Wednesday, 25 August 2010

Cherry plum burr turning and carving

This is an object of no real function whatsoever... just an interesting piece of wood with great raspberry ripple colours.

I turned it off-centre on the bowl lathe hoping to see some interesting patterns in the burr, but that was relatively plain all the way through. I then carved the bowl some more with a spoon gouge so it has a more bulbous inner.

The lip or rim of this piece was possibly the most interesting result of this project and I like the way it falls away from the top, although if I'd thought about it a bit more before taking it off the lathe I would have tidied that up a lot more.  I hand carved the back of the rim to make it less weighty.

And these were the helpful suggestions as to what it is:

An otters head sticking out of the water.

A hat.

An animal skull.

Darth Vaders mask.

Something for flower arranging.

Objet d'art.

A berberis spoon and room for improvement

A little berberis spoon, had a bit of a crack in the bowl, but I thought I'd persevere because it's such a great coloured wood.

Although some of you may think this would go with the 'natures ugly bowl series', as the twist in the handle makes it a bit impractical to use. If my spoons start this badly, I tell myself, then surely the scope for improvement is immense...and it can only get better... (keep repeating until it does (get better that is))...

Monday, 2 August 2010

Herefordshire Country Fair Aug 1st 2010

I had a busy day demonstrating the pole lathe at the Herefordshire Country Fair, this year held at Hampton Court. I was up so early to go and set up, only to find some chicken coups piled in my allotted spot.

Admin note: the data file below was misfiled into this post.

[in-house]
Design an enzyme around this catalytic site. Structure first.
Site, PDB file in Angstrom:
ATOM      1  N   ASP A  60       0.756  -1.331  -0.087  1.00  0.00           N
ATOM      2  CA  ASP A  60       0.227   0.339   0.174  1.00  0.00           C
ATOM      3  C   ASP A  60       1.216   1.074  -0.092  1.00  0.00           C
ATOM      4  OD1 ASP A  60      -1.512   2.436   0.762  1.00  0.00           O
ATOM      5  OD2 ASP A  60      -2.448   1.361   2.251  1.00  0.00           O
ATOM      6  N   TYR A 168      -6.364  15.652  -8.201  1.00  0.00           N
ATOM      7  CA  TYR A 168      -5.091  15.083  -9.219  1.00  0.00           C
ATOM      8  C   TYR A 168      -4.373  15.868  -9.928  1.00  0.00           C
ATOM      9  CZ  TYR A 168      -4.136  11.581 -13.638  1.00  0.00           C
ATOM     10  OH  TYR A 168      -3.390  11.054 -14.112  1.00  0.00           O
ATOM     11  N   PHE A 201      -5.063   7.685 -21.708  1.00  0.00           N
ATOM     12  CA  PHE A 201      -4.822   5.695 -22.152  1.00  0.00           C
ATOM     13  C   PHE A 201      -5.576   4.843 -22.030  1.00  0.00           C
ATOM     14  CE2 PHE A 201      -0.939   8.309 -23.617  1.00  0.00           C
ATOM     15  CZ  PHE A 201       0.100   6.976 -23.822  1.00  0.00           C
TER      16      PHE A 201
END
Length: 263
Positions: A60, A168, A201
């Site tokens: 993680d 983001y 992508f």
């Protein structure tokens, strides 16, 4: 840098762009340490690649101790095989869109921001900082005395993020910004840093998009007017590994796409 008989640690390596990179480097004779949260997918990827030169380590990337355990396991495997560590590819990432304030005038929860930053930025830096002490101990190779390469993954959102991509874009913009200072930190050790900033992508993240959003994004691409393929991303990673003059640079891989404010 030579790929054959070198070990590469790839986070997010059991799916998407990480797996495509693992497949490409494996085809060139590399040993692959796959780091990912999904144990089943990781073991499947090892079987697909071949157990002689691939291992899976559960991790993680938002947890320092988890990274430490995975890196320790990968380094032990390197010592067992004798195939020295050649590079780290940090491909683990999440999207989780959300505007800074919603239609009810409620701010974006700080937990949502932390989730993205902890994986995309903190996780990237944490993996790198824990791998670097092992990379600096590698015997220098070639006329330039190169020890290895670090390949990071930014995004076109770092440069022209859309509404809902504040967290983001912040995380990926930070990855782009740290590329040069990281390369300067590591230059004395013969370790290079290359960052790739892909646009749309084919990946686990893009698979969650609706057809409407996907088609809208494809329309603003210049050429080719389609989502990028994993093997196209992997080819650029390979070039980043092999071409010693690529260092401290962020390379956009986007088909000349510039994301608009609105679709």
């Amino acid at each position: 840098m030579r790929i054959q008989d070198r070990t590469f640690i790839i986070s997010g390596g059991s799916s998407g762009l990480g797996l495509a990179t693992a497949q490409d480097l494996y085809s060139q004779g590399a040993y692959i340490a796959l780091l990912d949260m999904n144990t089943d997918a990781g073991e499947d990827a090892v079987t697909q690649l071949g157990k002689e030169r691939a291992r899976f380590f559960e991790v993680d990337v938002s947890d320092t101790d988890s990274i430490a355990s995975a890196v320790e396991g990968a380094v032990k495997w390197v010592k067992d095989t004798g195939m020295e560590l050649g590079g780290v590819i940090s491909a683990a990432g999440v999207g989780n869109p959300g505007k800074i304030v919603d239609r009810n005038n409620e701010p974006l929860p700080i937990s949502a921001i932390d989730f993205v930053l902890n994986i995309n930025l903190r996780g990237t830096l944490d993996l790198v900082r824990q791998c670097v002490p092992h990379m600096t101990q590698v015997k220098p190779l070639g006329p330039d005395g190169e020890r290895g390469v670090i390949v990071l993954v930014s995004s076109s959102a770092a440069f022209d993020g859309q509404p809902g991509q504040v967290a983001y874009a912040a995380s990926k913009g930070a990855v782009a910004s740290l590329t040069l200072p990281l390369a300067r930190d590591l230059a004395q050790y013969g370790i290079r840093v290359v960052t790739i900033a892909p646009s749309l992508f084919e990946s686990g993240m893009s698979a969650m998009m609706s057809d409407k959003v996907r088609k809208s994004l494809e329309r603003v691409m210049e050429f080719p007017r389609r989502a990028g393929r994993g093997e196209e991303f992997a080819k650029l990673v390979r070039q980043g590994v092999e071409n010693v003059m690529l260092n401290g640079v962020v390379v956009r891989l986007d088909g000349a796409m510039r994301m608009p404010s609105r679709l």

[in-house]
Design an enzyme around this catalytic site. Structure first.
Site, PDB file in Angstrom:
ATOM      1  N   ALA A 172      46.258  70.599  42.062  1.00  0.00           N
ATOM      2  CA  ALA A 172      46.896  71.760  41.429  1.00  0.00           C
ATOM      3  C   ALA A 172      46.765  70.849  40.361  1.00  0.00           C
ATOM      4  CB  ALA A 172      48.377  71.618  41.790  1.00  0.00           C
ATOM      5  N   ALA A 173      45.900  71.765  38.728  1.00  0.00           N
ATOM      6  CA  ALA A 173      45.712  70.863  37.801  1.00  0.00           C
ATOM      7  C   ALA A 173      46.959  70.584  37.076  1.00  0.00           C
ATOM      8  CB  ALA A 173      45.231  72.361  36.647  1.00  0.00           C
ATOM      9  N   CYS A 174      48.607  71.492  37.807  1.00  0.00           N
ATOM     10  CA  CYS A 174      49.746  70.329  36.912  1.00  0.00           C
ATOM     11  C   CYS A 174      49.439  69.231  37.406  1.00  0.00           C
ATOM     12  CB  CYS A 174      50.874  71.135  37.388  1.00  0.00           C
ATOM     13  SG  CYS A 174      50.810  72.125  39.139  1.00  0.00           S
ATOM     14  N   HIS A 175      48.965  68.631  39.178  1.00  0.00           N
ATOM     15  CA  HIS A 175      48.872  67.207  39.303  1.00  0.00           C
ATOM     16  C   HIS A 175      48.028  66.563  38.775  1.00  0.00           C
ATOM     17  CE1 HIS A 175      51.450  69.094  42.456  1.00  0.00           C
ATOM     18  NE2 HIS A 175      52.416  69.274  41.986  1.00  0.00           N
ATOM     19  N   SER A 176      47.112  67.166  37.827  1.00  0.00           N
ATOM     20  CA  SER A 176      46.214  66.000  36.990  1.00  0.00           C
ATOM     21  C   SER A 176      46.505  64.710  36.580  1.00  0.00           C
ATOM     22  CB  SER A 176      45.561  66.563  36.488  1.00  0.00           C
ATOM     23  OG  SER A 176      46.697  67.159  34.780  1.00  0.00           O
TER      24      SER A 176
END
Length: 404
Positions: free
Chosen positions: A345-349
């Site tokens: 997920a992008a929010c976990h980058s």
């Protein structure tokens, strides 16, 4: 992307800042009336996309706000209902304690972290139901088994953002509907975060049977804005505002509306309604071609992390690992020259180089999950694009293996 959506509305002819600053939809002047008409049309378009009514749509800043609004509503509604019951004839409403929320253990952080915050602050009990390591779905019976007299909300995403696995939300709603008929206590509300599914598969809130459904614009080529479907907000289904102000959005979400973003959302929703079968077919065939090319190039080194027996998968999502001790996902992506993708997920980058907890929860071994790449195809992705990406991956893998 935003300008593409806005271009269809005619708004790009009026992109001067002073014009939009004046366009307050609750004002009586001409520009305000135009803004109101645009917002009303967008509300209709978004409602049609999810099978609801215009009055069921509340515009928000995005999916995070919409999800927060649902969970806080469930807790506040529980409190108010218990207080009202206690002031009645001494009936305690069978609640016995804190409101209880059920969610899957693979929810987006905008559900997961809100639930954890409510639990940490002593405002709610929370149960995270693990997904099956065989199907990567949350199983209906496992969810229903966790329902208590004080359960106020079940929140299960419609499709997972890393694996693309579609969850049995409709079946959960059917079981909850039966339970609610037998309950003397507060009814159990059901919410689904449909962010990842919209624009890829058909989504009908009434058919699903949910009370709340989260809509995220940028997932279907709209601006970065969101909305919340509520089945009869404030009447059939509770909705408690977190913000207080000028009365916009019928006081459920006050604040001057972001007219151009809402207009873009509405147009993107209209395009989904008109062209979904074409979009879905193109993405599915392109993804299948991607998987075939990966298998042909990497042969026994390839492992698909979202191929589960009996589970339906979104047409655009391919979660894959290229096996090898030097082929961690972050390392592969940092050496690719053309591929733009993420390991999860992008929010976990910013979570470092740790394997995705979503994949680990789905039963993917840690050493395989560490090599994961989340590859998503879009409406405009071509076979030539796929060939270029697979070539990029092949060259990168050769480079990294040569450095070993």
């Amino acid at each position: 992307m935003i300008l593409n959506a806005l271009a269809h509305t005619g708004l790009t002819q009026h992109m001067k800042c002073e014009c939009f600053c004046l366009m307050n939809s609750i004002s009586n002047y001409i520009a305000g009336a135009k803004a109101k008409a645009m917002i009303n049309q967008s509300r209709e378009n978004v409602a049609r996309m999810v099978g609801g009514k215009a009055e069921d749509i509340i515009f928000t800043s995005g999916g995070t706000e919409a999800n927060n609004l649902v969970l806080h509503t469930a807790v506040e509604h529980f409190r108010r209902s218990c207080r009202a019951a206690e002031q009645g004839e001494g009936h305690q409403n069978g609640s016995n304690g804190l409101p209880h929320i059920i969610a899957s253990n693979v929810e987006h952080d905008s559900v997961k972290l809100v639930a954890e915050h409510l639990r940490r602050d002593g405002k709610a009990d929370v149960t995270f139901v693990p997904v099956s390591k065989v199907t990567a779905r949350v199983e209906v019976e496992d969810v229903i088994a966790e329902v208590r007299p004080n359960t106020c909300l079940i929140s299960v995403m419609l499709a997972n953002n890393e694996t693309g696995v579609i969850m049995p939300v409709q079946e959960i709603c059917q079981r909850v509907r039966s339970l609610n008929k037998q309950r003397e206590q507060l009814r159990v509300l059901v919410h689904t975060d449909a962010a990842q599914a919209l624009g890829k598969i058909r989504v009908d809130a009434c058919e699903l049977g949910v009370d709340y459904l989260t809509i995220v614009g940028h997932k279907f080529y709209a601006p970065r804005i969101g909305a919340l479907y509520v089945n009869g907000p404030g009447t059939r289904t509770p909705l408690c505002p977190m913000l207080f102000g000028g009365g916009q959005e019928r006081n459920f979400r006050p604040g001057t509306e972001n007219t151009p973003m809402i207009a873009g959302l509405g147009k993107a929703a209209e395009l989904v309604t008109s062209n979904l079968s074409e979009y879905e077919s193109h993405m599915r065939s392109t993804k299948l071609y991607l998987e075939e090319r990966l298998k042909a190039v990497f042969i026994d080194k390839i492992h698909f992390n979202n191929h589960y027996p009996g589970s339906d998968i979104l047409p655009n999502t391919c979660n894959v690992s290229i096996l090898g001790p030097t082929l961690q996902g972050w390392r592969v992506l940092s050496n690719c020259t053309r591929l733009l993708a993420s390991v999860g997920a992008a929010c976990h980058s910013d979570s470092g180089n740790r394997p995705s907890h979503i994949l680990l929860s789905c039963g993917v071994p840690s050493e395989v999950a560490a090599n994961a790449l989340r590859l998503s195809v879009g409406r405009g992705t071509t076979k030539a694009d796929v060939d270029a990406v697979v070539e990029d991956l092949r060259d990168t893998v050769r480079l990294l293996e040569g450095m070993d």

Anyway, further down the field, and still around the horse jumping ring I set up the pole lathes and shave horses. After a slow start, the crowds flocked in  until I was thoroughly worn out by 5pm.

Sunday, 1 August 2010

9 day July 2010 and steambending a continuous back

Some photos from the first 9 day chairmaking course of 2010. I wasn't around on the last day to see the finished projects, but all week they were working hard.

Molly taking a break from whittling her legs whilst Sheila Winters sat for hours whittling her tenons on the hazel fork for the back of her chair.


In the next few photos is the sequence of steam bending a continuous hoop for the back of Gordons fabulous windsor.

Here you can see the ash being pulled around the top of the former... with a bit of muscle.
Gudrun then knocks in pegs and wedges to hold this in place around the former.

The ash is then bent downwards over the front of the former, pegged in place again, then clamped to the former.

This is Gordon, with (in my opinion) the most beautiful chair I've seen in the making yet.

Look at the way the tenons go right through the stretchers. Gordon says for commissions he asks his clients  how long they want these, sometimes they end up just as buttons.

And finally a poor quality photo of Gordons unfinished design. (If you have the final photos course members - please send them over, I'd love to see them!) I called this 'The chatting up chair', because it's invitingly wide for two people, but you end up rather close.

So finally, a picture of Gordon's finished chair...